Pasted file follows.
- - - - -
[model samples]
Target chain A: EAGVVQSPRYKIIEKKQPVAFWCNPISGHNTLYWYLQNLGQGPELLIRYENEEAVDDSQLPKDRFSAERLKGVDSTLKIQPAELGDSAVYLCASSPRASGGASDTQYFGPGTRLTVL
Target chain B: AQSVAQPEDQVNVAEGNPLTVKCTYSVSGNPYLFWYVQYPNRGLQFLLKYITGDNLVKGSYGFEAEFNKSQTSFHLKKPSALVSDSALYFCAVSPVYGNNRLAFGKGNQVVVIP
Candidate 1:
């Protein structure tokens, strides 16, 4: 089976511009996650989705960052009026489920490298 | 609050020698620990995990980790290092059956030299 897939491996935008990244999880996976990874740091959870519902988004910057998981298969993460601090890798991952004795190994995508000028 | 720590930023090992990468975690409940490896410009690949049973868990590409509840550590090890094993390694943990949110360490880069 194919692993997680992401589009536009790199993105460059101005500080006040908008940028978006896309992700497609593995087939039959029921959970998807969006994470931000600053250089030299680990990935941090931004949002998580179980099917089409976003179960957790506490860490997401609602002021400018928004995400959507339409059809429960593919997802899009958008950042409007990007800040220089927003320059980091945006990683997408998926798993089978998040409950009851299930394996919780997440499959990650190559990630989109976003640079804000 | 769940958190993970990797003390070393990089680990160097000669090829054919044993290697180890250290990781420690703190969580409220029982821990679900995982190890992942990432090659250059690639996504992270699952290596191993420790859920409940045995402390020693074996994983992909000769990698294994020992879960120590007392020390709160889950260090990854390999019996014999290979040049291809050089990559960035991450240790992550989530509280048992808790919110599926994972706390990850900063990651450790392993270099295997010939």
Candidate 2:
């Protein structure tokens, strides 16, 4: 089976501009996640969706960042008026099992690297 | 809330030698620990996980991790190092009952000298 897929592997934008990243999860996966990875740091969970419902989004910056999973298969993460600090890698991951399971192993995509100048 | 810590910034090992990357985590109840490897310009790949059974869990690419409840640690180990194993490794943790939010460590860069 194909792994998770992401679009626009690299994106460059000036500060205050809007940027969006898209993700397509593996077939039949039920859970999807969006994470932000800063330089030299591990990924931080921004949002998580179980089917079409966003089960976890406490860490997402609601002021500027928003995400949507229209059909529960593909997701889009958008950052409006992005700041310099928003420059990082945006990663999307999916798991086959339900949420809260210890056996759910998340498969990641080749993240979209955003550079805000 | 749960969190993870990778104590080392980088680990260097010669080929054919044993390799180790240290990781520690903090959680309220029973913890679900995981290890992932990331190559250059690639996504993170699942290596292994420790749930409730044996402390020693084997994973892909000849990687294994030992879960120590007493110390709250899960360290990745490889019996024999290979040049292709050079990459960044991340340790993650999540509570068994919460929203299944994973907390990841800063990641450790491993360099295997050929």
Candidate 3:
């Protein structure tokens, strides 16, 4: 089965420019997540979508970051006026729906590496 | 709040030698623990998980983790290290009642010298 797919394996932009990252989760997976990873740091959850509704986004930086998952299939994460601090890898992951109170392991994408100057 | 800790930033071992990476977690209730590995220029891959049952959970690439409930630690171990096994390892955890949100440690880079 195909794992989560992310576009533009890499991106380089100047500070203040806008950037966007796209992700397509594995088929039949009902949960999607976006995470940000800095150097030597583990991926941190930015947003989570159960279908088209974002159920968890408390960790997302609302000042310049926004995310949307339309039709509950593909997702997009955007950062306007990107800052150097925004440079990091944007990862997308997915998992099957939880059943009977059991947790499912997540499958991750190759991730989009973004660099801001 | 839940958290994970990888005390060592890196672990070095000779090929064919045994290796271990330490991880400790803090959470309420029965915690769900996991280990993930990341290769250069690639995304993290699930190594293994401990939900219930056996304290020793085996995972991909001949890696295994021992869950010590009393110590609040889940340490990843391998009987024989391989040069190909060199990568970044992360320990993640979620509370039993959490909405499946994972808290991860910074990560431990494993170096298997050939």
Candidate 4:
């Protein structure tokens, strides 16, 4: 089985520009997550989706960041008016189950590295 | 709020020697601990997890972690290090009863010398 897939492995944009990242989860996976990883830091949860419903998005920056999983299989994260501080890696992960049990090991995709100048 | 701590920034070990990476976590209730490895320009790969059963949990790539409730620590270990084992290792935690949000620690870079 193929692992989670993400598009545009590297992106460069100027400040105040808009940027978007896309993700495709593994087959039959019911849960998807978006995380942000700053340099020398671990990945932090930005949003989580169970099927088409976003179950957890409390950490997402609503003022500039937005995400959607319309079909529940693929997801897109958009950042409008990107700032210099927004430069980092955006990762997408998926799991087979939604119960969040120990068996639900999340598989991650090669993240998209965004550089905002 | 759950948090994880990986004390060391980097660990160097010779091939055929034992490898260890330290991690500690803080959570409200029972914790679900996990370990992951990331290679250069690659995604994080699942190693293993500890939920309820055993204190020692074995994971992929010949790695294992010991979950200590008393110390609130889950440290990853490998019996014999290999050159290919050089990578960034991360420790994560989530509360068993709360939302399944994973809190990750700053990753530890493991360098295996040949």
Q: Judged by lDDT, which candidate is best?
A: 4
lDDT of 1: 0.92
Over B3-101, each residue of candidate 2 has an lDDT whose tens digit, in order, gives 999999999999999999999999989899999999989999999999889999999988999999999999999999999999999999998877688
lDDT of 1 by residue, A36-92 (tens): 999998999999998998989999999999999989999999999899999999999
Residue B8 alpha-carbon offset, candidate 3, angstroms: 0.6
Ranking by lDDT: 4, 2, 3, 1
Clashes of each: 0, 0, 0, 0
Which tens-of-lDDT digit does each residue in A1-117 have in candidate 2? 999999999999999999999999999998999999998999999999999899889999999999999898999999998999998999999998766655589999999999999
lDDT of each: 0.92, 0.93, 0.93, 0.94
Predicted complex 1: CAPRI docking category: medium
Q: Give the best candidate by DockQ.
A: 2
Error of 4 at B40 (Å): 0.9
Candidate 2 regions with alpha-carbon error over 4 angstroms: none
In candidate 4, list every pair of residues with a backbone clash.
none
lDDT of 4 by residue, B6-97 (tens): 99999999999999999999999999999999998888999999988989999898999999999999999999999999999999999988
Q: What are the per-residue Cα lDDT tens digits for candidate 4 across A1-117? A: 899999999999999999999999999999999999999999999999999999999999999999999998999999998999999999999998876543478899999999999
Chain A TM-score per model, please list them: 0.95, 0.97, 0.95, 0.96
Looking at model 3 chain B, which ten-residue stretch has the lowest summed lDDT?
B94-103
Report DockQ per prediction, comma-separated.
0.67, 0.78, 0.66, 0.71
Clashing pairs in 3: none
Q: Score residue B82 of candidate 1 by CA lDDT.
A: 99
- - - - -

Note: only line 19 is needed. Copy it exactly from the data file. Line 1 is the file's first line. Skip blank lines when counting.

Clashes of each: 0, 0, 0, 0